Marine police can perform spot checks on waterways, the same as police do on our roadways.  Police can look for signs that a paddler is impaired.  The same rules that apply on land, apply on water.  In Ontario, if you are convicted of impaired operation of your boat, the consequences will extend to your privileges to drive your automobile.

If you have been charged with an impaired driving or any other driving offence, whether on land or water, please contact the experienced criminal defence lawyers at Affleck & Barrison LLP.  We offer a 24-hour phone service to protect your rights and to ensure that you have access to justice at all times.  Contact our office online or at 905-404-1947.

Supreme Court Overturns Convictions in Favour of Racialized Man

Written on Behalf of Affleck & Barrison LLP


A recent decision by the Supreme Court of Canada is sending a strong message  regarding the harm of over-policing racial minorities in inner-city neighbourhoods.

In a 3-2 decision, the Supreme Court of Canada held that the police had no reasonable cause to enter a backyard and question an Asian-Canadian man and therefore set aside his convictions for possessing a gun, drugs and illicit cash.

WHAT HAPPENED?

In the evening of May 25, 2012, twenty year old Tom Le (“Le”) was speaking with four young black men in the backyard of a Toronto housing complex.

Police officers were tipped off by security guards who patrolled the complex that there were concerns of drug trafficking in the backyard of this address and that a suspect had been observed there.

Two police officers entered the backyard without consent or a judicial warrant and began to question and request identification from the young men.  A third officer patrolling the perimeter of the property stepped over a low fence and told one of the men to keep his hands where he could see them.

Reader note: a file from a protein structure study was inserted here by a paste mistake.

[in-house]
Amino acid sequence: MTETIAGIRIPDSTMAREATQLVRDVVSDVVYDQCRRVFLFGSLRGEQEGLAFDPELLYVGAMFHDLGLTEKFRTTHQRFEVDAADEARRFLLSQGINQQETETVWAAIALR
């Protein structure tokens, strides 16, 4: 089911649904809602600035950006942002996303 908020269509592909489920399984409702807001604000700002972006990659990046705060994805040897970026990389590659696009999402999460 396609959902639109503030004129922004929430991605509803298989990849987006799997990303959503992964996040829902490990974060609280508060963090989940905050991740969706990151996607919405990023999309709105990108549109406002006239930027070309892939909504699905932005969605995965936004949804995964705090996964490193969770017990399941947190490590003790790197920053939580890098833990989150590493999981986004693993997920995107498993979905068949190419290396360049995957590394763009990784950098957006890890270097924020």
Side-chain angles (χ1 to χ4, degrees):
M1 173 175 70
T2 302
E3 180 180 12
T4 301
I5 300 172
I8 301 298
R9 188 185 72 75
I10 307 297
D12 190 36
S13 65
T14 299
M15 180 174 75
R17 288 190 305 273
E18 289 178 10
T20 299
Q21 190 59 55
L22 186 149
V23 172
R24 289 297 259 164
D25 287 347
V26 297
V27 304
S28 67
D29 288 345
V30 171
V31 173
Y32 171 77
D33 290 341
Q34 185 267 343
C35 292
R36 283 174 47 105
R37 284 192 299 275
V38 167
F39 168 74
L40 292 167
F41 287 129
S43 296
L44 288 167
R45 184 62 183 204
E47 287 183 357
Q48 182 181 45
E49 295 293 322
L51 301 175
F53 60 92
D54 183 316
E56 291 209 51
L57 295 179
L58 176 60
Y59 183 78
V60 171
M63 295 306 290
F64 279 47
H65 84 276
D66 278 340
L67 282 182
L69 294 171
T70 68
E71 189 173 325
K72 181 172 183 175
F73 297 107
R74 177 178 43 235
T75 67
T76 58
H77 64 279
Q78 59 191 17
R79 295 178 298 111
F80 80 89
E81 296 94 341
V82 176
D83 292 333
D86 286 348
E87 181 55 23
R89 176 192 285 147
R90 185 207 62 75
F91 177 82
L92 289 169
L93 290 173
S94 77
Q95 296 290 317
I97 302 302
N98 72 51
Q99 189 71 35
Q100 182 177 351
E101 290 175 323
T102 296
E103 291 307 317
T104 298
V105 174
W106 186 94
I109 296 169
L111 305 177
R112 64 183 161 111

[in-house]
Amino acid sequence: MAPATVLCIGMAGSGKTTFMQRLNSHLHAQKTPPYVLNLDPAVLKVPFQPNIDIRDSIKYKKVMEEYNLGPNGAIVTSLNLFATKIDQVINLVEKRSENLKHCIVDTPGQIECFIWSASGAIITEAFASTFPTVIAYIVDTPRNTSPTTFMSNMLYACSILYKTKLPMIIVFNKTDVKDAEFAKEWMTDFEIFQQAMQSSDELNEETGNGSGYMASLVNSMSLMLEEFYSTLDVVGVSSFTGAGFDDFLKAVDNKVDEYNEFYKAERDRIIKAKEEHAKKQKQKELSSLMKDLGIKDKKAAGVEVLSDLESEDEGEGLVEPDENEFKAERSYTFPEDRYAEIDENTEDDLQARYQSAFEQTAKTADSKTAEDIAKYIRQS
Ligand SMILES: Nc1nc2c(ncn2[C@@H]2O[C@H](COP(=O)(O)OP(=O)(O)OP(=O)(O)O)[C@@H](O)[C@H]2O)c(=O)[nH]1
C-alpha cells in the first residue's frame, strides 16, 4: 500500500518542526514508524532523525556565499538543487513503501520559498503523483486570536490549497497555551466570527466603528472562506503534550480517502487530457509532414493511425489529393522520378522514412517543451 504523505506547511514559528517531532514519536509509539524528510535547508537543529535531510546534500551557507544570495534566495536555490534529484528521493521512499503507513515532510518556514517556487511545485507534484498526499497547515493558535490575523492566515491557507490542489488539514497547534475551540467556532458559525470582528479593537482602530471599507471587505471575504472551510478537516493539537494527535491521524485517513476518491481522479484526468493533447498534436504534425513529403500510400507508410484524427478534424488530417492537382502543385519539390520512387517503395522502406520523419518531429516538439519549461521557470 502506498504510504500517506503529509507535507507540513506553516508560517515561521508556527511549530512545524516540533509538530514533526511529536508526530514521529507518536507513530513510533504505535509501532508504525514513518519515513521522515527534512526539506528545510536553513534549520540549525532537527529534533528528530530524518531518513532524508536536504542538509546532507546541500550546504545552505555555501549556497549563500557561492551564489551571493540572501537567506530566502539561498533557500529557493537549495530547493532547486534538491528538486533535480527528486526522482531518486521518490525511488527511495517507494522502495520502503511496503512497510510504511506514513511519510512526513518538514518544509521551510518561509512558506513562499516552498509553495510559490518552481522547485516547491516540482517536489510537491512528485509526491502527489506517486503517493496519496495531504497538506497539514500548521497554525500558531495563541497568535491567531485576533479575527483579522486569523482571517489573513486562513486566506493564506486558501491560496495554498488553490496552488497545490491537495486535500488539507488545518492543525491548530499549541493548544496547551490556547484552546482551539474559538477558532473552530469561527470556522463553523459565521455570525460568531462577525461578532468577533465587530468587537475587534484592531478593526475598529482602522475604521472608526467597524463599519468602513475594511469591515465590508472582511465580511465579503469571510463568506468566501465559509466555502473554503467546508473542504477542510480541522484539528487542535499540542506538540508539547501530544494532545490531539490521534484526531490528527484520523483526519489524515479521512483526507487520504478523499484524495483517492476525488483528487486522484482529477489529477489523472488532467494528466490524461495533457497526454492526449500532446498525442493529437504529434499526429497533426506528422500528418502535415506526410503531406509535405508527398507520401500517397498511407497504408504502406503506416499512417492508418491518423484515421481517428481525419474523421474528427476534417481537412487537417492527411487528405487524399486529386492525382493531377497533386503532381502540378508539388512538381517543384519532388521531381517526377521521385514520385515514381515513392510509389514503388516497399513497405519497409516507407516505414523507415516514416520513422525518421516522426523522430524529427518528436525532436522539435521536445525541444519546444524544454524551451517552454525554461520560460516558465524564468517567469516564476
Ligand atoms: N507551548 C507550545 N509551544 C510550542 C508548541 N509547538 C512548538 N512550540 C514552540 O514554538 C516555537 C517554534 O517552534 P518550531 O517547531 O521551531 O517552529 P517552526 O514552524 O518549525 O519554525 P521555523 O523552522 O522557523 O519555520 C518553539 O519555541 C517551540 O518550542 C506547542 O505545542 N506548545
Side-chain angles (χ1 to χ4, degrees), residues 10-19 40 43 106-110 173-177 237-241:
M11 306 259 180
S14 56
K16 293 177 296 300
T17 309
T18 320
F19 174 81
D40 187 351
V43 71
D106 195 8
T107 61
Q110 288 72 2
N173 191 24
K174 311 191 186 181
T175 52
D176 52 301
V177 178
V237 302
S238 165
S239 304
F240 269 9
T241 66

One officer demanded that Le provide his ID and he was asked about the contents of a bag that was slung across his body.  Le then attempted to flee the scene and was quickly tackled and apprehended.  His bag was found to contain a loaded handgun and a considerable amount of cash.  At the police station, Le turned over 13 grams of cocaine to police.

At his trial, Le argued that the evidence should be excluded under section 24(2) of the Charter of Rights and Freedoms as police violated his constitutional rights to be free from arbitrary detention and unreasonable search (contrary to sections 8 and 9 of the Charter).

At trial, the judge rejected Le’s position that police violated his rights under the Charter and found that police had legally detained Le.  He was found guilty of several gun and drug offences and was also unsuccessful in challenging his convictions at the Ontario Court of Appeal.  Le proceeded to commence an appeal to the Supreme Court of Canada.

SUPREME COURT OF CANADA’S DECISION AND REASONS